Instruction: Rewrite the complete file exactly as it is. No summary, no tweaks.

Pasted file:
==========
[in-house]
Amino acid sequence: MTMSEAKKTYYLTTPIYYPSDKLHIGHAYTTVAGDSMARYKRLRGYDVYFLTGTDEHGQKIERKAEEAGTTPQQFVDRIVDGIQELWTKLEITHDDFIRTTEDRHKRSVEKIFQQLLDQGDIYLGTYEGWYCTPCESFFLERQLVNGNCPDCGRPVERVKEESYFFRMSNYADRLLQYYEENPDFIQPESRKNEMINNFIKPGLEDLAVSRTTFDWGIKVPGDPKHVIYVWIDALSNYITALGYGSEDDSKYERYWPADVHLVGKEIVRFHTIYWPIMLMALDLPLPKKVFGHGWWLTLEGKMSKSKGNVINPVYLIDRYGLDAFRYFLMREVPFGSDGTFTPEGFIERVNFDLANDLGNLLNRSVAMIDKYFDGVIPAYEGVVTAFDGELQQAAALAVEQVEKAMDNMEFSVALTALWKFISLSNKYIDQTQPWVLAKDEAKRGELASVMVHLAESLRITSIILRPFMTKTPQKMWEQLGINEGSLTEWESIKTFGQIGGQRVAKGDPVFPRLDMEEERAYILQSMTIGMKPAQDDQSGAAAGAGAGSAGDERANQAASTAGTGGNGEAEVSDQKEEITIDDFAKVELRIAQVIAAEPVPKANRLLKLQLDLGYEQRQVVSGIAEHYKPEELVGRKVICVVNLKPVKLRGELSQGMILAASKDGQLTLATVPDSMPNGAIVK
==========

[in-house]
Amino acid sequence: MTMSEAKKTYYLTTPIYYPSDKLHIGHAYTTVAGDSMARYKRLRGYDVYFLTGTDEHGQKIERKAEEAGTTPQQFVDRIVDGIQELWTKLEITHDDFIRTTEDRHKRSVEKIFQQLLDQGDIYLGTYEGWYCTPCESFFLERQLVNGNCPDCGRPVERVKEESYFFRMSNYADRLLQYYEENPDFIQPESRKNEMINNFIKPGLEDLAVSRTTFDWGIKVPGDPKHVIYVWIDALSNYITALGYGSEDDSKYERYWPADVHLVGKEIVRFHTIYWPIMLMALDLPLPKKVFGHGWWLTLEGKMSKSKGNVINPVYLIDRYGLDAFRYFLMREVPFGSDGTFTPEGFIERVNFDLANDLGNLLNRSVAMIDKYFDGVIPAYEGVVTAFDGELQQAAALAVEQVEKAMDNMEFSVALTALWKFISLSNKYIDQTQPWVLAKDEAKRGELASVMVHLAESLRITSIILRPFMTKTPQKMWEQLGINEGSLTEWESIKTFGQIGGQRVAKGDPVFPRLDMEEERAYILQSMTIGMKPAQDDQSGAAAGAGAGSAGDERANQAASTAGTGGNGEAEVSDQKEEITIDDFAKVELRIAQVIAAEPVPKANRLLKLQLDLGYEQRQVVSGIAEHYKPEELVGRKVICVVNLKPVKLRGELSQGMILAASKDGQLTLATVPDSMPNGAIVK